Mendel's laws of inheritance explain how individual traits are transferred from one generation to another in an organism. An Australian Scientist, Gregor Mendel (1822–1884), established the Mendel's Laws after conducting series of experiments using pea plants between 1857 and 1865. Among the traits that Mendel studied were the colour of a plants' flowers, their location on the plant, the shape and colour of pea pods, the shape and color of seeds, and the length of plant stems.
Mendel's First Law: When a plant with two dominant (DD) alleles is crossed with a plant having two recessive (rr) alleles (top row), the first generation of plants (middle row) will all have one dominant and one recessive (Dr) allele. In the second generation (bottom row), on average one of four plants will have two recessive alleles.
Mendel’s approach was to transfer pollen (which contains male sex cells) from the stamen (the male reproductive organ) of one pea plant to the pistil (female reproductive organ) of a second pea plant. Suppose one takes pollen from a pea plant with red flowers and uses it to fertilize a pea plant with white flowers. What Mendel wanted to know was what colour the flowers would be in the offspring of these two plants. In his second series of experiments, Mendel studied the changes that occurred in the second generation. That is, suppose two offspring of the red/white mating (“cross”) were themselves mated, what colour will the flowers be in this second generation of plants? As a result of the experiments, Mendel was able to state three generalisations about the way traits are transmitted from one generation to the next in pea plants.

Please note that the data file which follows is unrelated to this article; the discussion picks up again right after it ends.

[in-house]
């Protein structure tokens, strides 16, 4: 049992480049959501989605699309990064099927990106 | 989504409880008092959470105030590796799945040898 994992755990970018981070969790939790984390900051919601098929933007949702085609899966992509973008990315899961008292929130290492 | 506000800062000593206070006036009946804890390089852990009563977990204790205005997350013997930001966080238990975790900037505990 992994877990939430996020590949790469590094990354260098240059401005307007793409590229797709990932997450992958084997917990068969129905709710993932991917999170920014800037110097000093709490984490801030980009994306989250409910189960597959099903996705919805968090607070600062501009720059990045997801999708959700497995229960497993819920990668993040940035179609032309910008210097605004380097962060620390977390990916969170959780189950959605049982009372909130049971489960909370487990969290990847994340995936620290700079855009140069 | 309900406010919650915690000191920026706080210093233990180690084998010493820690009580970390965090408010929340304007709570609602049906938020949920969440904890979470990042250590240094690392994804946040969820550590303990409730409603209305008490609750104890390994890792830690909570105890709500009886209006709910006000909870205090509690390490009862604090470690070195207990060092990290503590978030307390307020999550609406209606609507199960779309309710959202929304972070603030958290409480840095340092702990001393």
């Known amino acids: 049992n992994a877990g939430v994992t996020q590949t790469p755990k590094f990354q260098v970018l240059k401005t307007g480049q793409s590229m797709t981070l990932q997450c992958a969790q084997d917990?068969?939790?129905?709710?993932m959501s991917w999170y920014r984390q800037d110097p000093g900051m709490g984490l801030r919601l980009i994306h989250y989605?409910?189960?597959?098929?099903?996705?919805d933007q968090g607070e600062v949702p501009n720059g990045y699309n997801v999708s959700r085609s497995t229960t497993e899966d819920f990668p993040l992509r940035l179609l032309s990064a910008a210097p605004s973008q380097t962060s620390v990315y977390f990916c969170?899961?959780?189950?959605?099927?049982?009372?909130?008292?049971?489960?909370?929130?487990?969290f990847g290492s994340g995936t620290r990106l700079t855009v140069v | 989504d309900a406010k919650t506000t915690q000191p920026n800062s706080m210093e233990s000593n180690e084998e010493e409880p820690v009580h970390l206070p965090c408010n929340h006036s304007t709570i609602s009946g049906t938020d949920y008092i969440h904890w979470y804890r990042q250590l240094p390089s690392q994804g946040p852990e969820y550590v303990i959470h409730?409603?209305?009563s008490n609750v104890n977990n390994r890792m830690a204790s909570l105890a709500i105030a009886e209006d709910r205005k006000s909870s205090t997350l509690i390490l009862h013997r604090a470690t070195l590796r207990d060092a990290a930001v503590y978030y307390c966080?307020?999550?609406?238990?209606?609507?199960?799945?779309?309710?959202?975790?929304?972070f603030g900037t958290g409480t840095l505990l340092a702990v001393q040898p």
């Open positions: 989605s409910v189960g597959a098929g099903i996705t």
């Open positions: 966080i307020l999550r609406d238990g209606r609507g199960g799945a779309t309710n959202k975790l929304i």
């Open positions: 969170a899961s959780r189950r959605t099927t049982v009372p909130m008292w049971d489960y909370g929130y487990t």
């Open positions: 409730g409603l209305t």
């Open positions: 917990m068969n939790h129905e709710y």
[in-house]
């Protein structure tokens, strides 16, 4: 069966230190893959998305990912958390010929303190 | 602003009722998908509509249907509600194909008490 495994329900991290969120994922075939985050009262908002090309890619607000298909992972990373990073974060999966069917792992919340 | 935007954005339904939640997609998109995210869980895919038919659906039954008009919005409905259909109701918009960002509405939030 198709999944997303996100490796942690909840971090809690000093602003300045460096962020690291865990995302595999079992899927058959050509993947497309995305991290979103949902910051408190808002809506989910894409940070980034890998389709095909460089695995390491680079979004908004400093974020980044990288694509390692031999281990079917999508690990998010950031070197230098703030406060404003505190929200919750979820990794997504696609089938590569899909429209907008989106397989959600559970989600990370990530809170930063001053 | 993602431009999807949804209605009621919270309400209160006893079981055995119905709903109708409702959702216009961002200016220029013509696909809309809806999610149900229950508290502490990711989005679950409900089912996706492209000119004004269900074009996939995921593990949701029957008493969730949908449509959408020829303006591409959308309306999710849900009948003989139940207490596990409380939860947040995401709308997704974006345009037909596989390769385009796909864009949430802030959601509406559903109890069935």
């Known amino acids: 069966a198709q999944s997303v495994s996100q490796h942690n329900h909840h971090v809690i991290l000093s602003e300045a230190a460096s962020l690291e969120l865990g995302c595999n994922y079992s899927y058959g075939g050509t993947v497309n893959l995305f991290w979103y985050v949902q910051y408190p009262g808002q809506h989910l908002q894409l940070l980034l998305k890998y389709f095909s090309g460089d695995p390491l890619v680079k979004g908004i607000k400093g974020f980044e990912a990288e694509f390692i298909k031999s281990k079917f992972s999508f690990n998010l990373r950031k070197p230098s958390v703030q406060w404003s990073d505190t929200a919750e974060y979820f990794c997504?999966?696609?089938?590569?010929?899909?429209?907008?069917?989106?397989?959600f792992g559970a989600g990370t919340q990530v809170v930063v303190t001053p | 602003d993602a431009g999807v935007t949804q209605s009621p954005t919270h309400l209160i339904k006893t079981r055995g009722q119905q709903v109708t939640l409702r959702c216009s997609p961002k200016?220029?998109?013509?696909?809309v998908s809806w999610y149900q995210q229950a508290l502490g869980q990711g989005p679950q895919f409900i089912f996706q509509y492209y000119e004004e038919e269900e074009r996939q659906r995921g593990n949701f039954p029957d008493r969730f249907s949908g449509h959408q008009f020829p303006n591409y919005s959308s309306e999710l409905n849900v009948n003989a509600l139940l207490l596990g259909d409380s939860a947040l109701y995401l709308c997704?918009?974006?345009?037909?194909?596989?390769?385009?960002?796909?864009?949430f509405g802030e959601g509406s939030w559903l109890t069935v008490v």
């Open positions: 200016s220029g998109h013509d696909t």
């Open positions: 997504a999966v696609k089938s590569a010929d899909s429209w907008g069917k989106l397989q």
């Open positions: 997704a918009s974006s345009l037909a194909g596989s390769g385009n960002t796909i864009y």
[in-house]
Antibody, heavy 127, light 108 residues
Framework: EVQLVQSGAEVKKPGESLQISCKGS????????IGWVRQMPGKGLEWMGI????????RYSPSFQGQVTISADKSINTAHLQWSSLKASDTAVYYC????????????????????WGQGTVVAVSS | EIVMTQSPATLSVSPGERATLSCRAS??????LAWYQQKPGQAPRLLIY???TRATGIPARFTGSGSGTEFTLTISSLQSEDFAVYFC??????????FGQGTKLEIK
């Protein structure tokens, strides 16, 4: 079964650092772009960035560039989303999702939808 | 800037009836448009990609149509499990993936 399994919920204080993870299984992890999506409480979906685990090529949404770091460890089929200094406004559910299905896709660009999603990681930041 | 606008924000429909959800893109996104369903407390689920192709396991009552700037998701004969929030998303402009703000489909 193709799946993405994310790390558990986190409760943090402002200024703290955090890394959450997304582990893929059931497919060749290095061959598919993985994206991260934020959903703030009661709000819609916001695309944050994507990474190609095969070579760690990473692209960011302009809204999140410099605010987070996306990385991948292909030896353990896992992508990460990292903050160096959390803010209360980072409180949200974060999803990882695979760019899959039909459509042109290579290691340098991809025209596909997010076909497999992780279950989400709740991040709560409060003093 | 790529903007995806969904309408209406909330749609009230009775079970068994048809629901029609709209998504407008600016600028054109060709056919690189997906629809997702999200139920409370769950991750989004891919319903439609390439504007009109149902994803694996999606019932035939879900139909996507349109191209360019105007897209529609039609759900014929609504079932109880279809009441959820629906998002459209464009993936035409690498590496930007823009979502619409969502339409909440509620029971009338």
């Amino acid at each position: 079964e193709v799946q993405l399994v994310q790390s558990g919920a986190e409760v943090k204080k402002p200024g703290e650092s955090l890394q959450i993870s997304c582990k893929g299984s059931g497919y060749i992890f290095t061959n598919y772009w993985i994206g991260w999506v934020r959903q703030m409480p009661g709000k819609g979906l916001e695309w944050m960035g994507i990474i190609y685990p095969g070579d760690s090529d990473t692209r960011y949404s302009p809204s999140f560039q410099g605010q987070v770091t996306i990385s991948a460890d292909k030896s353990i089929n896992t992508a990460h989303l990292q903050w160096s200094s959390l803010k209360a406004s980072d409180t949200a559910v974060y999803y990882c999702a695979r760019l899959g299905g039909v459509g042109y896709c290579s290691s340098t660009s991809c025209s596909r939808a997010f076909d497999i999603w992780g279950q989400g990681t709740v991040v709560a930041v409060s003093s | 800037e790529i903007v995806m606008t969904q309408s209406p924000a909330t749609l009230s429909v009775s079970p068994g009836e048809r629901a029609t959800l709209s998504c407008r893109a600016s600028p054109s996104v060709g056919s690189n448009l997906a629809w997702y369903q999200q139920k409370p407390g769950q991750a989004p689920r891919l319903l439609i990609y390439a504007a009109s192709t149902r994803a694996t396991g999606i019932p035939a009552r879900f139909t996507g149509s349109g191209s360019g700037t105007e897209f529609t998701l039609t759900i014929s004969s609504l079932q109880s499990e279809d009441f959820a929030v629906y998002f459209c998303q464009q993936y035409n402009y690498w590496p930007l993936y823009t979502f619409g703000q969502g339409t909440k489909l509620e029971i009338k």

Mendel’s Laws of Inheritance can be summarised into three:
Law of Segregation – This states that during the production of gametes, the two copies of each hereditary factor segregate so that offspring acquire one factor from each parent.
Law of Independence – This states that the laws of chance govern which particular characteristics of the parental pairs will occur in each individual offspring.
Law of Dominance – This states that one factor in a pair of traits dominates the other in inheritance unless both factors in the pair are recessive.
Definition of Terms
Allele - one of two or more alternative forms of a gene that arise by mutation and are found at the same place on a chromosome.
Chromosome - a threadlike structure of nucleic acids and protein found in the nucleus of most living cells, carrying genetic information in the form of genes.
Dominant - An allele whose expression overpowers the effect of a second form of the same gene.
Gamete - A reproductive cell.
Heterozygous - A condition in which two alleles for a given gene are different from each other.
Homozygous: A condition in which two alleles for a given gene are the same.
Recessive: An allele whose effects are concealed in offspring by the dominant allele in the pair.
What are Genes?
Genes are the units in which characteristics are passed from one generation to the other. For example, a plant with red flowers will carry a gene for that characteristic.
A gene for any given characteristic may occur in one of two forms, called the alleles of that gene. For example, the gene for colour in pea plants can occur in the form (allele) for a white flower or in the form (allele) for a red colour.
The first step that takes place in reproduction is for the sex cells in plants to divide into two halves, called gametes. The next step is for the gametes from the male plant to combine with the gametes of the female plant to produce a fertilised egg. The fertilised egg is called a zygote. A zygote contains genetic information from both parents.
For example, a zygote might contain one allele for white flowers and one allele for red flowers. The plant that develops from that zygote would said to be heterozygous for that trait since its gene for flower color has two different alleles. If the zygote contains a gene with two identical alleles, it is said to be homozygous.